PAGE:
Shades of Unrest

Shades of Unrest

Assamese filmmaker Bidyut Kotoky intends to share the stories of the Northeast, including those related to its scarred past, though his movies

Director Bidyut Kotoky

Bidyut Kotoky remembers the sight of a terrified father, wearing a vest that had turned red with blood, hiding in the bushes behind their home in Assam’s Salakati with his infant daughter clinging on to him. It has been 35 years since the incident. Yet, the memories of unrest and violence that had gripped the state in the ’80s is still fresh in his mind. “If we fail to learn from our history, we are condemned to repeat it. We, in the Northeast, somehow prefer to turned a blind eye to our scarred past,” says screenwriter-director Kotoky, whose Assamese movie Xhoixobote Dhemalite (Rainbow Fields) is likely to have a theatrical run at Kolkata’s Nandan from June 15.

After his daughter Mou was born in 2013, the question of what kind of a world are people leaving behind for the next generation started haunting the Mumbai-based filmmaker. Through Xhoixobote Dhemalite, his second feature film, he tried to address this question as well as revisit the period of “Assam Agitation”, a movement against illegal immigrants in the early ’80s. “Xhoixobote Dhemalite is a deeply personal film. I didn’t have to do a lot of research to write it. A lot of the incidents that feature in the movie are autobiographical,” says Kotoky, who lived in Assam till 1990 before he joined Pune’s SP College for his graduation in economics. In the movie, the protagonist, a Mumbai-based filmmaker, revisits his past and tries to rectify a previous mistake after learning about the death of his childhood friend who had become an extremist. The movie, which was screened in Mumbai and Delhi, will release in two American theatres in July.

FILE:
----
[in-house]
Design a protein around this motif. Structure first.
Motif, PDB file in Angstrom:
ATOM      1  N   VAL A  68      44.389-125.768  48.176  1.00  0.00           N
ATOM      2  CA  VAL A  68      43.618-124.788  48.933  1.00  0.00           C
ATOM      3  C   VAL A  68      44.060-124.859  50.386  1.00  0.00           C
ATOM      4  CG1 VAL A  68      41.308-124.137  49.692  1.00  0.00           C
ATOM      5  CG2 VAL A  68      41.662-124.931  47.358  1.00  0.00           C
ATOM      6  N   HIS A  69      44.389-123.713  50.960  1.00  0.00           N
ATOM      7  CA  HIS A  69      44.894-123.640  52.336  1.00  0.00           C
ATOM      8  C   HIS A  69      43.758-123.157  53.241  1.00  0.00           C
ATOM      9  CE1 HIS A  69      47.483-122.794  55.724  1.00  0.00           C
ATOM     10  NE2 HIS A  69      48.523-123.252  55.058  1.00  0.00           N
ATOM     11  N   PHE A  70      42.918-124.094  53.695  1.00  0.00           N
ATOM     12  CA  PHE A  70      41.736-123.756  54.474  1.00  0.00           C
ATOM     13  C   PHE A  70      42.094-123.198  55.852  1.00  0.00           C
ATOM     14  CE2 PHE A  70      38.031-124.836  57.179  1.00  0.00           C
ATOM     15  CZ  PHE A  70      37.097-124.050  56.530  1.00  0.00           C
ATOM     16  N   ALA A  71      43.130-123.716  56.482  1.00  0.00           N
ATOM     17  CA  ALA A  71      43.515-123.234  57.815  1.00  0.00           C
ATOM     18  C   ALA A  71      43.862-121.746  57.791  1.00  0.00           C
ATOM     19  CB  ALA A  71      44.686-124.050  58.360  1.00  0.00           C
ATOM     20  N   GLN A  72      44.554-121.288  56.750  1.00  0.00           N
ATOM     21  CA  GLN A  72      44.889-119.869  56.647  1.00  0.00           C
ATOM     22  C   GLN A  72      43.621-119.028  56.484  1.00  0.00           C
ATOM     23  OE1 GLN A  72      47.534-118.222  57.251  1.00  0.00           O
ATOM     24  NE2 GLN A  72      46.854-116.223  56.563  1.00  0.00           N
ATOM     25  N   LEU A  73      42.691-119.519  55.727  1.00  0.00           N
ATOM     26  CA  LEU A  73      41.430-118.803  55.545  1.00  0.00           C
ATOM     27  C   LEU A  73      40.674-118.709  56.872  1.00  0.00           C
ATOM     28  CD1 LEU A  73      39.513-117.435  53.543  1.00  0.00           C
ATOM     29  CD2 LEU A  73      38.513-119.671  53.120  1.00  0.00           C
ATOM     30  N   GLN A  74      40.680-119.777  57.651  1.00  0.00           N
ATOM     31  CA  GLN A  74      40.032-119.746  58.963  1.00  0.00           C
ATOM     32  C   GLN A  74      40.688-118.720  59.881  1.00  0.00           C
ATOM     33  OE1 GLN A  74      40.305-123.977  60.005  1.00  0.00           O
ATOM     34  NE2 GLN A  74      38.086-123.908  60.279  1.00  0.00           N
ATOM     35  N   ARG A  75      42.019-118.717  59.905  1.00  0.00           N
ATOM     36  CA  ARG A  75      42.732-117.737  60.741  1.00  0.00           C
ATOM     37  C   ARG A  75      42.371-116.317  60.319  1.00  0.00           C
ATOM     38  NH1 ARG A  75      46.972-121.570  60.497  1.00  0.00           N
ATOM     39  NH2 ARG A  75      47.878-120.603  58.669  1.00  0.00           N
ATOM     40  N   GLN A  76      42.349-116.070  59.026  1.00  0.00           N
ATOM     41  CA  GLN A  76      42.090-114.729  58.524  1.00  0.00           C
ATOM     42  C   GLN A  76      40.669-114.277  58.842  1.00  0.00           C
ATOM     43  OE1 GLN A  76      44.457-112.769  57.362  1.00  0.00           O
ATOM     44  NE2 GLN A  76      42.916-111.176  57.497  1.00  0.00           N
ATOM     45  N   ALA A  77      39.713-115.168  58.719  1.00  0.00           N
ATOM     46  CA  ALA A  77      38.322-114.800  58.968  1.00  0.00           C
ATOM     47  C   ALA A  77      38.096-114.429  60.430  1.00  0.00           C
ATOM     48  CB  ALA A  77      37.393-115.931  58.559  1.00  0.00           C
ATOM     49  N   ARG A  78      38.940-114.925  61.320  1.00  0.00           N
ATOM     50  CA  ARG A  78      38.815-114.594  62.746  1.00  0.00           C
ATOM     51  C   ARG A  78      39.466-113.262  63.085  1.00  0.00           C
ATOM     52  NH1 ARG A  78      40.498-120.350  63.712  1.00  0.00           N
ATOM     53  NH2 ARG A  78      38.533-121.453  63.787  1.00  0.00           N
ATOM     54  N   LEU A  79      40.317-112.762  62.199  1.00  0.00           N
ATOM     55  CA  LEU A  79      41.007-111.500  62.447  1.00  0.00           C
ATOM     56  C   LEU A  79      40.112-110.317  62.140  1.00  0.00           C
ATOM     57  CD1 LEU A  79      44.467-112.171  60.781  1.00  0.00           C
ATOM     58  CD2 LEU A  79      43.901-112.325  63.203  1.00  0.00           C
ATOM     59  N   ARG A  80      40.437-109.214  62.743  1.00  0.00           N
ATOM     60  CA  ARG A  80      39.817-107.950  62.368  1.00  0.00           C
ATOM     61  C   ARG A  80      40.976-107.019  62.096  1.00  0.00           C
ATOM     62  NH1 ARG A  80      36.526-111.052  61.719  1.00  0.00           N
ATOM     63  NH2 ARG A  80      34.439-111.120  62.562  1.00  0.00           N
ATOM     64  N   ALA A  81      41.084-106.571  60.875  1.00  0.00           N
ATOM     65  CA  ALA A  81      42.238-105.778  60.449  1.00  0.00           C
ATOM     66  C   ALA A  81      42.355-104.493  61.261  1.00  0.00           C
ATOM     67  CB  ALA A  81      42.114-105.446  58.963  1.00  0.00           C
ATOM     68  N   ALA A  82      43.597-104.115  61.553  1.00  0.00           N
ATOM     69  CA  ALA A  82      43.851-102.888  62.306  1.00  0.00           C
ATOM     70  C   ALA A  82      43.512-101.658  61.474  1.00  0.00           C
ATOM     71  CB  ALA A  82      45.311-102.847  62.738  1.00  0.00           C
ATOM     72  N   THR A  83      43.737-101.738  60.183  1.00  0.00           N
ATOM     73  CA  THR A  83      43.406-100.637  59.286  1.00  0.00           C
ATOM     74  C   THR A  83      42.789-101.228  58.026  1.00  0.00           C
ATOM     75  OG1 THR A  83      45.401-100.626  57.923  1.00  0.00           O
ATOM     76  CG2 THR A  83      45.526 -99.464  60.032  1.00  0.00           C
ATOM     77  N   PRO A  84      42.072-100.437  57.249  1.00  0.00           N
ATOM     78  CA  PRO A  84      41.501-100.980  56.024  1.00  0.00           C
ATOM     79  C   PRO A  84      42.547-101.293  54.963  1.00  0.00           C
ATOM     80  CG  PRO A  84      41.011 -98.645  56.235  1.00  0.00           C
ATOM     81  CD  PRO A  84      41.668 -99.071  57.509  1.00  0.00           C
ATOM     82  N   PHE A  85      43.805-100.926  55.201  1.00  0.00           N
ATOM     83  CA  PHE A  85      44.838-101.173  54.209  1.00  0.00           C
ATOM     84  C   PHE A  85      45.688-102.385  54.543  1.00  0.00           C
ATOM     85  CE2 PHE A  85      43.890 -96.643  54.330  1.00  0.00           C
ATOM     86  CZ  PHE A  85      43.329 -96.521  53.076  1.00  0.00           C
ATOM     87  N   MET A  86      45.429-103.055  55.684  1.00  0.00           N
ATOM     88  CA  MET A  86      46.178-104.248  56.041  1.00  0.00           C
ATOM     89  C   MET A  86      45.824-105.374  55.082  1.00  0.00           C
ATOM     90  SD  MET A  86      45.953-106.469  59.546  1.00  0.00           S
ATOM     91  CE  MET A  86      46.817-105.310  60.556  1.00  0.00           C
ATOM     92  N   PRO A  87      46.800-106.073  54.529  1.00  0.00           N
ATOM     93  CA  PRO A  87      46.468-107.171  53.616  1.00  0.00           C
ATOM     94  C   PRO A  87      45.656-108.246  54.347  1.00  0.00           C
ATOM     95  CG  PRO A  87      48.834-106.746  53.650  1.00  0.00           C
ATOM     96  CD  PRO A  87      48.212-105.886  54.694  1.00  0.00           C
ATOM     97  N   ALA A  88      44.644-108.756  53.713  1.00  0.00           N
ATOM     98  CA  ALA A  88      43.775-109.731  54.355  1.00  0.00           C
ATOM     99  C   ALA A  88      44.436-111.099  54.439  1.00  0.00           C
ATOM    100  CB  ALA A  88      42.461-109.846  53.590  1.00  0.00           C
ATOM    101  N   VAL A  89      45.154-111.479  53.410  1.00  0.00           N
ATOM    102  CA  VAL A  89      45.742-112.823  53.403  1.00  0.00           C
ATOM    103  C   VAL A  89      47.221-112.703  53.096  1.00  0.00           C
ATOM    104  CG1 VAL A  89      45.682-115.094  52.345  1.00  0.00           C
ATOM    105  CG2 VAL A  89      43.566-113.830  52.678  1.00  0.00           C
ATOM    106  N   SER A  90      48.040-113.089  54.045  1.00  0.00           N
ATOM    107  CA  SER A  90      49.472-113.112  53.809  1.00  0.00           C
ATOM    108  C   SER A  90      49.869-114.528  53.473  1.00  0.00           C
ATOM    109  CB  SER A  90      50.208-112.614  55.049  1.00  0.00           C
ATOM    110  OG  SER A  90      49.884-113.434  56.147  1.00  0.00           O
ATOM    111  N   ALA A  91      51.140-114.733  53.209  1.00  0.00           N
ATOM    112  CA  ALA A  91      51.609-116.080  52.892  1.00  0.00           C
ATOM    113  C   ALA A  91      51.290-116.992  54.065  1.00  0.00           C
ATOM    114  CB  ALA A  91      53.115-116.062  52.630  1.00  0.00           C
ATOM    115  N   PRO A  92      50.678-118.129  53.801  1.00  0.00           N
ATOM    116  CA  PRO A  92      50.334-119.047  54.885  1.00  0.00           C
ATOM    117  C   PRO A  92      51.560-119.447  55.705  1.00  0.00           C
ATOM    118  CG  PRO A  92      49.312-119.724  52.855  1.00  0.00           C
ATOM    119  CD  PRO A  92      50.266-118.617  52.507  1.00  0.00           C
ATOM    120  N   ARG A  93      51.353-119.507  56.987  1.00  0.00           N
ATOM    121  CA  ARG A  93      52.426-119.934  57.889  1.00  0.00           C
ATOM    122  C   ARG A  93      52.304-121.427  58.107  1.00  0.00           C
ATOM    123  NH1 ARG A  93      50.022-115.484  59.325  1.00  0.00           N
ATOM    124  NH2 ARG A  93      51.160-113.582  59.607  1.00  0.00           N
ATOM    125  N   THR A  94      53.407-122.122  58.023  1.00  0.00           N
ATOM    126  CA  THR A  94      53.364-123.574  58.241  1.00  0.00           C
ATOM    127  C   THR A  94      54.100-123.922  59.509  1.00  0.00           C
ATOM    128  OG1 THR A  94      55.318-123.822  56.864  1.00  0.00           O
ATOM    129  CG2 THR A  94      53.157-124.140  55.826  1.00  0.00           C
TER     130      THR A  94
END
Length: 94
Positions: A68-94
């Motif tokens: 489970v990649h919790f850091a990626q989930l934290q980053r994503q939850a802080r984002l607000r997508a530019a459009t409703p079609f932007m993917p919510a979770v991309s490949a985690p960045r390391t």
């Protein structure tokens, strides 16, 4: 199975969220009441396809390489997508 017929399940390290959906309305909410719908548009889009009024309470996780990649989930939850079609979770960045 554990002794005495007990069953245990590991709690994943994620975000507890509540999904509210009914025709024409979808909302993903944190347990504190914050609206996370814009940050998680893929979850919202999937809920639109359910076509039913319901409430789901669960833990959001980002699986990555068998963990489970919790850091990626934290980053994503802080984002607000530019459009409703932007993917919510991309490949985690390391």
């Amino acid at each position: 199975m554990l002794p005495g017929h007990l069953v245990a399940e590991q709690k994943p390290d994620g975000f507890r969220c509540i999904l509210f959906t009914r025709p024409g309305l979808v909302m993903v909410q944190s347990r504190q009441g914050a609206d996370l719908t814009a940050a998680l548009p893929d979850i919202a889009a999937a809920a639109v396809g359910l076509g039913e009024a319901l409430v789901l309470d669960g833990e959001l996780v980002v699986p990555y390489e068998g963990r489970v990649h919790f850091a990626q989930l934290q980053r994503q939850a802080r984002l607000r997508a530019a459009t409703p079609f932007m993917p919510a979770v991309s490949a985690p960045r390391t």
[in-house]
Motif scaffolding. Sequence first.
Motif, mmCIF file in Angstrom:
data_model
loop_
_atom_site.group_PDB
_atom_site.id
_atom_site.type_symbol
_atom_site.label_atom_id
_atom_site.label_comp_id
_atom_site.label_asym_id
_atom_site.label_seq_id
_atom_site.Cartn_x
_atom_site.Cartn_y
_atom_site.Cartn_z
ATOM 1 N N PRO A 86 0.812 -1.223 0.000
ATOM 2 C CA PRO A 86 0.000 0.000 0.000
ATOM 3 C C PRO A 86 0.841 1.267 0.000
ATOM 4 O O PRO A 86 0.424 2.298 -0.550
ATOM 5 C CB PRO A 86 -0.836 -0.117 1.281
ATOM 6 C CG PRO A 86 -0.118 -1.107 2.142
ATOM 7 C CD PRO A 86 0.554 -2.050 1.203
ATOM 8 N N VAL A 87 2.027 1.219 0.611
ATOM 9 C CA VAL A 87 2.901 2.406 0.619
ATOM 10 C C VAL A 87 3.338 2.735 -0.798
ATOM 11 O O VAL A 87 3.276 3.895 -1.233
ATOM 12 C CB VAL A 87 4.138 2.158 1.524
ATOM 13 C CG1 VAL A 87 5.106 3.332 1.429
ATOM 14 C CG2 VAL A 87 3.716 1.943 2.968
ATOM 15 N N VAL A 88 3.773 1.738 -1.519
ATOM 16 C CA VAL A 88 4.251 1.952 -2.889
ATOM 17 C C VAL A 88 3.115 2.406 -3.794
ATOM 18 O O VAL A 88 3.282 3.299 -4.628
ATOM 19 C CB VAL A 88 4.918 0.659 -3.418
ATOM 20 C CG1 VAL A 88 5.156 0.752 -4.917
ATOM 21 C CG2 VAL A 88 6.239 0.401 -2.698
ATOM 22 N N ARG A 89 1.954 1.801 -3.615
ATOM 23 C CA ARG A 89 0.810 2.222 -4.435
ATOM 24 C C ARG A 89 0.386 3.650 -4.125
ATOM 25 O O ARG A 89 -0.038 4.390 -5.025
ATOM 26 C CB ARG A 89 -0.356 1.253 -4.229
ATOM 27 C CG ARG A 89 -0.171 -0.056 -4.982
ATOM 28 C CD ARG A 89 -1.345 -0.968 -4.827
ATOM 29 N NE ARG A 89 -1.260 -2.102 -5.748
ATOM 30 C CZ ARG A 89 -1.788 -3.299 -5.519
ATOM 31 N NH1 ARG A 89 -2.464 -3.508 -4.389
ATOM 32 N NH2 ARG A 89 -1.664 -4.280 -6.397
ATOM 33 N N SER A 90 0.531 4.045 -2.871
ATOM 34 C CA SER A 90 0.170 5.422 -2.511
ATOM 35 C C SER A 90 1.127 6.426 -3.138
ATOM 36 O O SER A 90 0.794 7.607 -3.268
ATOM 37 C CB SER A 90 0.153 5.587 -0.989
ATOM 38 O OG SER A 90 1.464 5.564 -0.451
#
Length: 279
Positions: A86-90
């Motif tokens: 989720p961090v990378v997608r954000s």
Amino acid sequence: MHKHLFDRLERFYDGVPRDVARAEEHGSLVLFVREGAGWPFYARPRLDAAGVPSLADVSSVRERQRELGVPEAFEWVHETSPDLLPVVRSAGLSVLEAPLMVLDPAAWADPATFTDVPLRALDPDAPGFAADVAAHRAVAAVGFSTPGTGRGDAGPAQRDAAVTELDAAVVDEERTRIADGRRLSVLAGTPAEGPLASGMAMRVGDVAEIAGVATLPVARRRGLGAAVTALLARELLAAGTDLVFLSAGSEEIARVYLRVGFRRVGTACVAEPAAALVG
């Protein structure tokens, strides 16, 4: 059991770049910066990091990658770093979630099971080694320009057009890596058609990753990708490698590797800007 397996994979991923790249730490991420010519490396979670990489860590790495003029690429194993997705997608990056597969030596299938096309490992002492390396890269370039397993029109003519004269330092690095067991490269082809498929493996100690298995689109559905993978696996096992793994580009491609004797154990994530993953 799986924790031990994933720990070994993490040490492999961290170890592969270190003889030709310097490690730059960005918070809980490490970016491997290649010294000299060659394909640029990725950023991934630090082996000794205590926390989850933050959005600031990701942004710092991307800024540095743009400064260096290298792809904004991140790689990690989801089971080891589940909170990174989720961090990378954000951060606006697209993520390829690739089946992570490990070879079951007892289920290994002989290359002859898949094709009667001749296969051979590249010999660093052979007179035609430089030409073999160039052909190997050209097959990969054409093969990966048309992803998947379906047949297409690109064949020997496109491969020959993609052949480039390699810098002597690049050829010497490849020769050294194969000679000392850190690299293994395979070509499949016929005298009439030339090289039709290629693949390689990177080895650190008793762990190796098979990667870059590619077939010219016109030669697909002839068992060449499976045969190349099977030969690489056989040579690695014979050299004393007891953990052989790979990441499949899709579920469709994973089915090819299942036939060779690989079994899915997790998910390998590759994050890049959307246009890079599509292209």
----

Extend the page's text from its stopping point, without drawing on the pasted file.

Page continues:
A still from Xhoixobote Dhemalite

Kotoky doesn’t enjoy the process of writing. However, he ends up writing for his directorial ventures so that he can tell the stories that have their roots in his experiences and are related to the Northeast. “Being a self-taught filmmaker, I realised that the only way to bring a producer on board is to tell a story that nobody else can. To tell such stories, I don’t have a choice but to fall back on my experiences of growing up in the northeastern region of our country,” says Kotoky, who made his feature film debut with Ekhon Nedekha Nadir Xipare (As The River Flows)
in 2012.

Since his school days, Kotoky has aspired to make movies. “There was a storyteller in me right from the time when I was a young boy. As my father had a transferable job, we grew up in different parts of the Northeast such as Namrup, Aizawl and Shillong. I used to hate it. Just when we were getting comfortable in a place, it was time to move on leaving my friends behind. Looking back, I realise that those experiences have introduced me to many new emotions,” says the 43-year-old, who has worked on some television shows.

Kotaky has a few scripts ready, all of them are based in the Northeast. He would like to make his next film in Hindi, to be able to reach a wider audience.

Even though viewers today are embracing regional movies, exhibiting them continues to be a challenge. “It’s possible to make a good film with a limited budget. However, it is impossible to have a good release if you don’t have the budget for it or the backing of a big name,” says Kotoky even though he believes that “there is an audience to all kinds of film”.


The Assamese filmmaker has been showing his documentary, Guns & Guitars — A Musical Travelogue, about the positive influence of music created by the musicians of the region, which has been affected by violence for long, in schools and colleges so that the students become familiar with the Northeast. “With the alternative platforms available today, things are changing, but slowly,” he adds.